Target to Halt Pokémon Card Sales 'Out of an Abundance of Caution'

Pokemon's Ash lies drooling on a bed while Pikachu expresses his displeasure with a slap.
Pikachu displeased with his trainer.
Screenshot: Netflix

Though Target’s physical stores have been one of the few places that people could somewhat reliably secure Pokémon cards during the ongoing covid-19 pandemic, collectors will soon have to look elsewhere to get their hands on the in-demand merch.

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For the past few months, Pokémon cards have been in short supply throughout the United States and in other territories thanks to a pandemic-era resurgence in popularity that was coupled with distribution disruptions similarly tied to the pandemic. With many stores’ online systems quickly being inundated the moment products were available, some people have taken to lining up outside of physical stores like Target in order to get at the cards as soon as doors are open. Stores placed limits on the number you could purchase and even had to place merchandise in secure locations—but now that’s changing. “The safety of our guests and our team is our top priority,” a Target spokesperson said in a statement when contacted by io9. “Out of an abundance of caution, we’ve decided to temporarily suspend the sale of MLB, NFL, NBA and Pokémon trading cards within our stores, effective May 14.”

Drastic as the decision may seem, particularly given that Pokémon cards aren’t the only things people wait in line for hours to buy, it comes days following a fight in a Brookfield, Wisconsin Target’s parking lot in which four people attacked a man, who then pulled his legally-owned gun on his assailants, prompting them to flee before later being arrested by the police. Target’s decision also comes just weeks after the company implemented new policies to curtail people camping out overnight at their stores. Beyond telling people not to line up like this, an alleged note to employees asked them to consider calling the police in order to force people to disperse.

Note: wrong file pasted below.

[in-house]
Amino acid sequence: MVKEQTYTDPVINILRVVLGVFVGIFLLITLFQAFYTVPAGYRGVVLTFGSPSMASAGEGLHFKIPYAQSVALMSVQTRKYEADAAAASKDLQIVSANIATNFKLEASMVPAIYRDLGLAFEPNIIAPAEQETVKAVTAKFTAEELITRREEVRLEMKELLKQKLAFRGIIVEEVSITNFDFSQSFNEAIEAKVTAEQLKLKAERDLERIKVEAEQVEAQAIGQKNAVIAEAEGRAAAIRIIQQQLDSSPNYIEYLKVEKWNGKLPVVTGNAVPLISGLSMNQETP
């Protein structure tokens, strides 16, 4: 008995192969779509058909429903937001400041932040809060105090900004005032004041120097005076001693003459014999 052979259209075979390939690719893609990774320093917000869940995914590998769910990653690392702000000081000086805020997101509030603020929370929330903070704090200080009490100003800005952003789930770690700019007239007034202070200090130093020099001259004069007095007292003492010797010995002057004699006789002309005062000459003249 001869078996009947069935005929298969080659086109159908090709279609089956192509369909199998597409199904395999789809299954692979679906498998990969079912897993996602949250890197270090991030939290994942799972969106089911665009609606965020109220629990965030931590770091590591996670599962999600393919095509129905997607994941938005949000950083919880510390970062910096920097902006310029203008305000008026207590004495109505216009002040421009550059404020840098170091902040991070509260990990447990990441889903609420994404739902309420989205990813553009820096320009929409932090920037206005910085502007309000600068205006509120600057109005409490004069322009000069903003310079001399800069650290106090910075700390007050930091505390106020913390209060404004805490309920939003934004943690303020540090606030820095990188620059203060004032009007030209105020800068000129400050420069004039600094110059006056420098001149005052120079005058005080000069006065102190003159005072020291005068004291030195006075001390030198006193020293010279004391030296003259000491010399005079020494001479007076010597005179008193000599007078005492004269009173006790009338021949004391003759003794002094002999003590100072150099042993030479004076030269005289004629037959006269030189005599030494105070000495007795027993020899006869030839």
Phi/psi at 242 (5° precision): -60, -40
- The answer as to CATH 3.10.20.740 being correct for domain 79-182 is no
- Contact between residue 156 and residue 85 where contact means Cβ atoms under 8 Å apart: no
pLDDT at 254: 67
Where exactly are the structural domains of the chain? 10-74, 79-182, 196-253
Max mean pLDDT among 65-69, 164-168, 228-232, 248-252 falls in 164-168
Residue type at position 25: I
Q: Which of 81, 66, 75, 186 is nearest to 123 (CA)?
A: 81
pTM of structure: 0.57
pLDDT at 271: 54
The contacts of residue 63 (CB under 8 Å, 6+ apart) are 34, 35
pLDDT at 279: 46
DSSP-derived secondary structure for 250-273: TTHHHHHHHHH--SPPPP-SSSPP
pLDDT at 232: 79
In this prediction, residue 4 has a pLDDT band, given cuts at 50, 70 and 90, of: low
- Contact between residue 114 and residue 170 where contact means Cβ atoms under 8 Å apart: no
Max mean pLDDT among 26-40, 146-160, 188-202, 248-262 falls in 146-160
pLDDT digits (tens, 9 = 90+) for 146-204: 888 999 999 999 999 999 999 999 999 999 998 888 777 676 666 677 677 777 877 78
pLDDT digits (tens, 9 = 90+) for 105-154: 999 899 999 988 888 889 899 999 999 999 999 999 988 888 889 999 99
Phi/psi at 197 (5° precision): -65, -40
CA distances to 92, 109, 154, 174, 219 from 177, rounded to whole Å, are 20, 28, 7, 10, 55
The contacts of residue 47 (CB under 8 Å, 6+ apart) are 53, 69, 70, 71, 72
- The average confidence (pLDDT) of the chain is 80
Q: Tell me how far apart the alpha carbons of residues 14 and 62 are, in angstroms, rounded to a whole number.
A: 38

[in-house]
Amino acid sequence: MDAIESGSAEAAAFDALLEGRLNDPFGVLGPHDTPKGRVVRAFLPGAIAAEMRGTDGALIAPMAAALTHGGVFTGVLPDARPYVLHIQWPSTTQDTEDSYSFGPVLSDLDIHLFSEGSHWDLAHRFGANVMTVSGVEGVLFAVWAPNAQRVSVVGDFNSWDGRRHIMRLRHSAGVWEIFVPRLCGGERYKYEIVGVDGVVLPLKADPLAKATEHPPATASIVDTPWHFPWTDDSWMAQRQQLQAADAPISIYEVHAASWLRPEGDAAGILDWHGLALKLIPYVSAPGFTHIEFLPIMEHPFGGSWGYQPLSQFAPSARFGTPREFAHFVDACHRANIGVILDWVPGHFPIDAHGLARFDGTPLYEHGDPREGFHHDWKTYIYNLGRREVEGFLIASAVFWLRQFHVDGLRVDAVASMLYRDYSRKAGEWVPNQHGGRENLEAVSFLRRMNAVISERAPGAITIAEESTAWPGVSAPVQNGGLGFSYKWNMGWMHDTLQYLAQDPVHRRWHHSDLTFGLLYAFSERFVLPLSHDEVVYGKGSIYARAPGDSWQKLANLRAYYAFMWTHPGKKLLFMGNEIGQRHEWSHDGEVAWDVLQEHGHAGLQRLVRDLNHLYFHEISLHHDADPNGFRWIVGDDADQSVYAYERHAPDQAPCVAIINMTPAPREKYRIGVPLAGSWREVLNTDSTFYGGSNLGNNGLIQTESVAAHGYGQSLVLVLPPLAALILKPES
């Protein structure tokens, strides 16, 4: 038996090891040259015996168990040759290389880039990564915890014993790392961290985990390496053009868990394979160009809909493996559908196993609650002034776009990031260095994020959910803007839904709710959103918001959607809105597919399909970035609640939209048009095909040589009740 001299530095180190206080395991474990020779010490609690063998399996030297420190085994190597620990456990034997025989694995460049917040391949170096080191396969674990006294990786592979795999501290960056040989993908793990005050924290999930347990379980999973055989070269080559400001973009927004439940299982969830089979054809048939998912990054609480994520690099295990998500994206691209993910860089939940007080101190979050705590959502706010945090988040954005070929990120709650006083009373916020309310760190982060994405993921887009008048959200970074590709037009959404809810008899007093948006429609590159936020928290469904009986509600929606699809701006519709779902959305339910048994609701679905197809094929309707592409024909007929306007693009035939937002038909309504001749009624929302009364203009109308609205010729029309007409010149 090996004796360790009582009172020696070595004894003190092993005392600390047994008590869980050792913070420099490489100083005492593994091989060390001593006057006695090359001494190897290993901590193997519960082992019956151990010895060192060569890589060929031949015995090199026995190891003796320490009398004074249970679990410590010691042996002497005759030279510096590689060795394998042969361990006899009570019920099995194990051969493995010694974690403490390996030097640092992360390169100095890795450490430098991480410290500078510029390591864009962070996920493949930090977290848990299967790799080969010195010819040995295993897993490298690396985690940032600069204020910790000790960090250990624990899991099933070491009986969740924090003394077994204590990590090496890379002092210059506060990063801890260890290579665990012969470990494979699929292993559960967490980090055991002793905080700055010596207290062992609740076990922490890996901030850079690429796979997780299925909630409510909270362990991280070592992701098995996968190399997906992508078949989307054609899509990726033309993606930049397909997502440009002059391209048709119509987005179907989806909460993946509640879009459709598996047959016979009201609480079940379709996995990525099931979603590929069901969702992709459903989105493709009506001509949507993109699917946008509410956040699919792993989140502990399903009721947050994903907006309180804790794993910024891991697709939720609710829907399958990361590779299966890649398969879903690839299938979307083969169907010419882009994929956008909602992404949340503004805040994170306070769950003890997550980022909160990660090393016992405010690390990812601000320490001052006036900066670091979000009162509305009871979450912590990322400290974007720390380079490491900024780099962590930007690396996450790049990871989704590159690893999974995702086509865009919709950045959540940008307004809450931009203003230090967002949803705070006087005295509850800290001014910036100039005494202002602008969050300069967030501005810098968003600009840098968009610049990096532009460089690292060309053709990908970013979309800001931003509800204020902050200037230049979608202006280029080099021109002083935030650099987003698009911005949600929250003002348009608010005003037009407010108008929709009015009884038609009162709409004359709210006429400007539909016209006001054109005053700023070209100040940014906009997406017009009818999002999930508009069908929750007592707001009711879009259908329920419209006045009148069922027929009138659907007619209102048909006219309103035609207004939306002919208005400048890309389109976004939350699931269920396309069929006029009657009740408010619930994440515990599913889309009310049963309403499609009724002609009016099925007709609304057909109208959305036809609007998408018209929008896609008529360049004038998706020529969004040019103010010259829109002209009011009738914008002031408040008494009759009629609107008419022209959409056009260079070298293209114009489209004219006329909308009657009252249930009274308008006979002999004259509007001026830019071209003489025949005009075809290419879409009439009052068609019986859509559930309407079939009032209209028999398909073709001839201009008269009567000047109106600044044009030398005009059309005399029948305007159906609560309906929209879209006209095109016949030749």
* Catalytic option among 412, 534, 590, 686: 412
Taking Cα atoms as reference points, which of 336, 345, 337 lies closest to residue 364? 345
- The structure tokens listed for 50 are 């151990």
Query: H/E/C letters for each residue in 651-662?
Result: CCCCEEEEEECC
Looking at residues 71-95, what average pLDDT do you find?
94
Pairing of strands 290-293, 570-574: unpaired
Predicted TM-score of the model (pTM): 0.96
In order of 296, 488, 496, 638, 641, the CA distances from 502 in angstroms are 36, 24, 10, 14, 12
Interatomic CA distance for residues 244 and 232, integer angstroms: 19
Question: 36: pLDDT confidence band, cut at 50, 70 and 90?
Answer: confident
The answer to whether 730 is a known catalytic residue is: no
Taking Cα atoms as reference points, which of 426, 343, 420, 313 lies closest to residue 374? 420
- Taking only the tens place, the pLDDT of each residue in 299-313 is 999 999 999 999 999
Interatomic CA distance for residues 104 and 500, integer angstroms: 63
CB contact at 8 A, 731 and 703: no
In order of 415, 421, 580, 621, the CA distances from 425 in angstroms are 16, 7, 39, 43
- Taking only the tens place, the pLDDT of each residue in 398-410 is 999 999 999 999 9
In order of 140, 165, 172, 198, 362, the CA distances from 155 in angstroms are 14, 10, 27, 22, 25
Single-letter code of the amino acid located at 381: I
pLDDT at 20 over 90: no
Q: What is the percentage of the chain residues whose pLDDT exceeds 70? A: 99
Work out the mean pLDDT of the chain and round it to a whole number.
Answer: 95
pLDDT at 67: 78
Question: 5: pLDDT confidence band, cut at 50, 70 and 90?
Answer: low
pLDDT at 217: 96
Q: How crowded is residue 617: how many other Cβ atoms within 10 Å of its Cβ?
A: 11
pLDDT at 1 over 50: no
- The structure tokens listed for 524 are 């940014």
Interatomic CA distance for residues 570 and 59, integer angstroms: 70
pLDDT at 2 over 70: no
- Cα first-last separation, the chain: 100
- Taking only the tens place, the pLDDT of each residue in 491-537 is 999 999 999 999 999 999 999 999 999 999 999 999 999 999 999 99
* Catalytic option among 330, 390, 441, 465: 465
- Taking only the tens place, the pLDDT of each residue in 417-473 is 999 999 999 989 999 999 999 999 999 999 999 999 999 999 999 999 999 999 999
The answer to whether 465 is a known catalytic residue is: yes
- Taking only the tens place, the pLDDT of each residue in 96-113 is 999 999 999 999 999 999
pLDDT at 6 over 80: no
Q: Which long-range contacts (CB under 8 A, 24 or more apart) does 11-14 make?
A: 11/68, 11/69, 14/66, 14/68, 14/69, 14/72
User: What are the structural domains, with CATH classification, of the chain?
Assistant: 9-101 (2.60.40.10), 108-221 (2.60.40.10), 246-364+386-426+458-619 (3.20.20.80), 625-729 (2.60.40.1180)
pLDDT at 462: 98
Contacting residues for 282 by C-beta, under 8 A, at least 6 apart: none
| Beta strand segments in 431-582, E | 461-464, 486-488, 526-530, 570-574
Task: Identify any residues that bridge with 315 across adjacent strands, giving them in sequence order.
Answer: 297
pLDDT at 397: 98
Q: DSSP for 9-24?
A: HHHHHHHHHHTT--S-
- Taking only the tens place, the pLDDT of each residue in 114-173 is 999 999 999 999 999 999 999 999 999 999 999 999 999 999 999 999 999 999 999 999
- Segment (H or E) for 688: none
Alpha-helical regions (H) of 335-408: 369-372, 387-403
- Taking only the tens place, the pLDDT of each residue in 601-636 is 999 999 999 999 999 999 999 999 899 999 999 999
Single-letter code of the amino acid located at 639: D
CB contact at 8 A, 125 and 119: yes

Going forward, Target plans to still sell Pokémon cards online and through its app, and because this policy change is in response to an ongoing situation, the company plans to reevaluate its stance at some point in the future. It’s likely cards will return to physical Target stores, and it’s somewhat easy to understand the logic the company’s working with here—the company doesn’t want the potential bad press or even lawsuits over Pokémon. However, the move is likely to make it that much more difficult for people to actually buy the cards they’re looking for, particularly in underserved communities where big box stores like Target are the only places collectibles are (usually) readily available.

It’ll be interesting to see how this continues to play out as the Pokémon Company continues to celebrate the franchise’s 25th anniversary throughout the year with more waves of limited-edition collectibles that are guaranteed to be hot commodities. With more stores’ hours returning to normal as a result of the country’s gradual reopening, there’s a possibility this could all even out, as the larger issue of shortages isn’t only due to a lot of people wanting shiny pieces of cardboard.


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Charles Pulliam-Moore is an NYC-based culture critic whose work centers on fandom, pop culture, politics, race, and sexuality. He still thinks Cyclops made a few valid points.

DISCUSSION

ComradeDread

I won’t begrudge any person their hobby. Trading cards haven’t really been my thing since I was six or seven and collected the old Star Wars trading card.

But if you’re a grown ass man getting into a fist fight in the parking lot of a Target over trading cards, you really need to realize that you have failed in life and you should feel bad about yourself and never have children. Let that evolutionary branch end with you.

Alternatively, get your shit together.